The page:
Skip to main content
Taxation and Customs Union

EU-UK: A new relationship

The EU-UK Trade and Cooperation Agreement

On 24 December 2020, the EU and the UK reached an agreement on the terms of their relationship following the UK’s withdrawal from the EU. The EU-UK Trade and Cooperation Agreement (TCA) provisionally entered into force on 1 May 2021 and provides for zero tariffs and zero quotas on all trade of EU and UK goods that comply with the appropriate rules of origin.

Guidance on the application of the TCA: customs formalities and rules of origin

UK import formalities applicable as of 1 January 2022

Withdrawal Agreement

For the purposes of customs, the UK is now treated as any other non-EU country. In particular, customs procedures and formalities apply to trade between the UK and the EU.

However, in accordance with the agreed Protocol on Ireland and Northern Ireland, EU customs rules and procedures generally continue to apply to goods entering and leaving Northern Ireland.

The UK’s withdrawal from the EU affects your company if:

  • it sells goods or supplies services to the UK
  • it buys goods or receives services from the UK
  • it moves goods through the UK
  • it uses UK materials and goods to trade under preferential schemes with EU partner countries.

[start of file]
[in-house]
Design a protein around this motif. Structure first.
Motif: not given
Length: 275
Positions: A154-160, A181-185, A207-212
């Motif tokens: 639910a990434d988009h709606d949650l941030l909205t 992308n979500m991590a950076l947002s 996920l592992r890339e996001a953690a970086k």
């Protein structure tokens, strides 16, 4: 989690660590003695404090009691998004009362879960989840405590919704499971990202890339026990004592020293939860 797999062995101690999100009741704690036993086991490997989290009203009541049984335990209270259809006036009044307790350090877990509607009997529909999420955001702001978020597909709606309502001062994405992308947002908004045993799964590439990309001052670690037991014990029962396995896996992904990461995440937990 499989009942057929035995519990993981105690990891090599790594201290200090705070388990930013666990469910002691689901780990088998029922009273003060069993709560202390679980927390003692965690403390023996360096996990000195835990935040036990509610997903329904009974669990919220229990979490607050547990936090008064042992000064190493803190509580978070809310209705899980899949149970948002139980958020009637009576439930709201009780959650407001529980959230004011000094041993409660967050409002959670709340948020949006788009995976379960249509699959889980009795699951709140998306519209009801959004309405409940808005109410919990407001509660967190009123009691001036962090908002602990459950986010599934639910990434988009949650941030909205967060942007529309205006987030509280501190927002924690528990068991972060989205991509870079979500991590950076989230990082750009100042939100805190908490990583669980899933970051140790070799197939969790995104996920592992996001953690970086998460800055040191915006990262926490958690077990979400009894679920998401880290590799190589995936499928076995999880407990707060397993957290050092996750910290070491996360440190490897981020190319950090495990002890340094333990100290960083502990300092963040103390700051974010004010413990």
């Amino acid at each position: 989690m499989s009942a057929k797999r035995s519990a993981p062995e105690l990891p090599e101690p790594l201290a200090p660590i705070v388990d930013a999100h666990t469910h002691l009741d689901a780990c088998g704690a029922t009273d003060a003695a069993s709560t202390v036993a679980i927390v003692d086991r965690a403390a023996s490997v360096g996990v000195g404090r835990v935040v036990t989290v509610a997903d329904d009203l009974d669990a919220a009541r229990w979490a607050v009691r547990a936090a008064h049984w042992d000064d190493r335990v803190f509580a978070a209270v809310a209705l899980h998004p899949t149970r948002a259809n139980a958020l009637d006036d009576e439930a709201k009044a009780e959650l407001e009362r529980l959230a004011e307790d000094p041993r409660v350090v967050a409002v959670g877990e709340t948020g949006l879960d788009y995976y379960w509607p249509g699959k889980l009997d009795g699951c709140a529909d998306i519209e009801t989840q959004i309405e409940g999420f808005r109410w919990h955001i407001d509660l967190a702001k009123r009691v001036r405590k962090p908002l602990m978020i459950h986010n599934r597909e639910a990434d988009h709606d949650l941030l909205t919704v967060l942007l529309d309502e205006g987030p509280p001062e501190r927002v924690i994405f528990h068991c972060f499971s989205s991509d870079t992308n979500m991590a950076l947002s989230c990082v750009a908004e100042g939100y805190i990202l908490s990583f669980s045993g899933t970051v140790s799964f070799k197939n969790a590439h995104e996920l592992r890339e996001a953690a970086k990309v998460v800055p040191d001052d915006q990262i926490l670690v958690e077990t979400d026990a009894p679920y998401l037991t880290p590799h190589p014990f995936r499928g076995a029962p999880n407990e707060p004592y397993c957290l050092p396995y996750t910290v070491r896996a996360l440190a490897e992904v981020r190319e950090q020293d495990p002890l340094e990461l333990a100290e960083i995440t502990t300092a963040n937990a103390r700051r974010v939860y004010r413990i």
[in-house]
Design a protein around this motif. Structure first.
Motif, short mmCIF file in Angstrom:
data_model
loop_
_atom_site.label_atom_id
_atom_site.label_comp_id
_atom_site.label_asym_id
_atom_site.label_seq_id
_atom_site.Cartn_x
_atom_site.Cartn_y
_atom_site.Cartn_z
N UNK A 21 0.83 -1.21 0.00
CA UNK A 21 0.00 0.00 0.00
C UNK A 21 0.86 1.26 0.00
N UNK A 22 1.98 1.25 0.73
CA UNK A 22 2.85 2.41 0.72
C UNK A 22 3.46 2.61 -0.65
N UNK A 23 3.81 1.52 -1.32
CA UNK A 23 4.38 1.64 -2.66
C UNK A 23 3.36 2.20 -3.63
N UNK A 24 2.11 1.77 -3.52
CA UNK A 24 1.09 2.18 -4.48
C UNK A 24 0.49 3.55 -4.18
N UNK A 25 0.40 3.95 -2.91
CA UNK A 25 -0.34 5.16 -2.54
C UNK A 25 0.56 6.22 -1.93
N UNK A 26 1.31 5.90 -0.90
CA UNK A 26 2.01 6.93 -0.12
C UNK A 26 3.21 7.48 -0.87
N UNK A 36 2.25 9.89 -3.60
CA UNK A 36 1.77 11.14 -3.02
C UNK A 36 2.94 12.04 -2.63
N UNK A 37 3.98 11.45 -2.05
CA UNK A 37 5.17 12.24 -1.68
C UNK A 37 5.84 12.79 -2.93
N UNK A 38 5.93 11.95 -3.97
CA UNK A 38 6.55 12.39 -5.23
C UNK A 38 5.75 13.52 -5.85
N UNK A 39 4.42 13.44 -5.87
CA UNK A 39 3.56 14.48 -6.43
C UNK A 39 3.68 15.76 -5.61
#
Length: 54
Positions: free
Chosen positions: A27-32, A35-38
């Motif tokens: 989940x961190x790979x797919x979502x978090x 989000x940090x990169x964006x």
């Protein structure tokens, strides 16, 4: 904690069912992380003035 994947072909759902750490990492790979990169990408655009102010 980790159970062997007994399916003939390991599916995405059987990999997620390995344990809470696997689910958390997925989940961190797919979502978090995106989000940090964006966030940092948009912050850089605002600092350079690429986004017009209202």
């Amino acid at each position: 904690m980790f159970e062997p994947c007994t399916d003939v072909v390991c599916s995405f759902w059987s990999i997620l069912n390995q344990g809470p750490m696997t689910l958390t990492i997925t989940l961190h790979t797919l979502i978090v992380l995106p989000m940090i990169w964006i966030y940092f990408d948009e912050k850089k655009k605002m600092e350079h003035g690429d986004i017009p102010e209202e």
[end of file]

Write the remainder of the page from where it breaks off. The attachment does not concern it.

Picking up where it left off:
Frequently asked questions at the end of the transition period

In the area of tax and customs, this means, for example:

  • You need to file customs declarations when importing or exporting any goods to/from Great Britain (the UK excluding Northern Ireland) or when moving your goods through Great Britain.
  • You may need to provide security and safety data, in addition to the customs declaration.
  • You need a special licence to import or export certain goods (e.g. waste, certain hazardous chemicals, GMOs). You need to comply with additional formalities if importing or exporting excise goods (alcohol, tobacco, or fuel) to/from Great Britain.
  • You will have to comply with different VAT rules and procedures for transactions with Great Britain than for transactions within the EU and with Northern Ireland.

To assist businesses, the Commission has published detailed guidelines on a wide range of specific topics. In the area of tax and customs, the relevant guidelines can be found below:

The full list of readiness notices is available here.

Consequences of Brexit | European Commission

Online shopping from the UK

The same charges that apply to goods bought online from non-EU retailers now apply to online shopping from the UK. To avoid unwelcome surprises when you order online from the UK, always read the sales terms and conditions and the delivery information carefully. All websites that sell goods into the EU are obliged to inform consumers about the total price of goods and services, inclusive of taxes and any other charges.If they cannot be calculated in advance, the consumer must be informed that additional charges may be payable. Ask assistance from the website to estimate how much more money you will have to pay.

See our factsheet for more information on the charges you may have to pay when online shopping from UK websites.

Laptop with a parcel decorated with UK and EU flags

National contacts

To find the national contact points in your country, please visit the contact-list.

More information and related links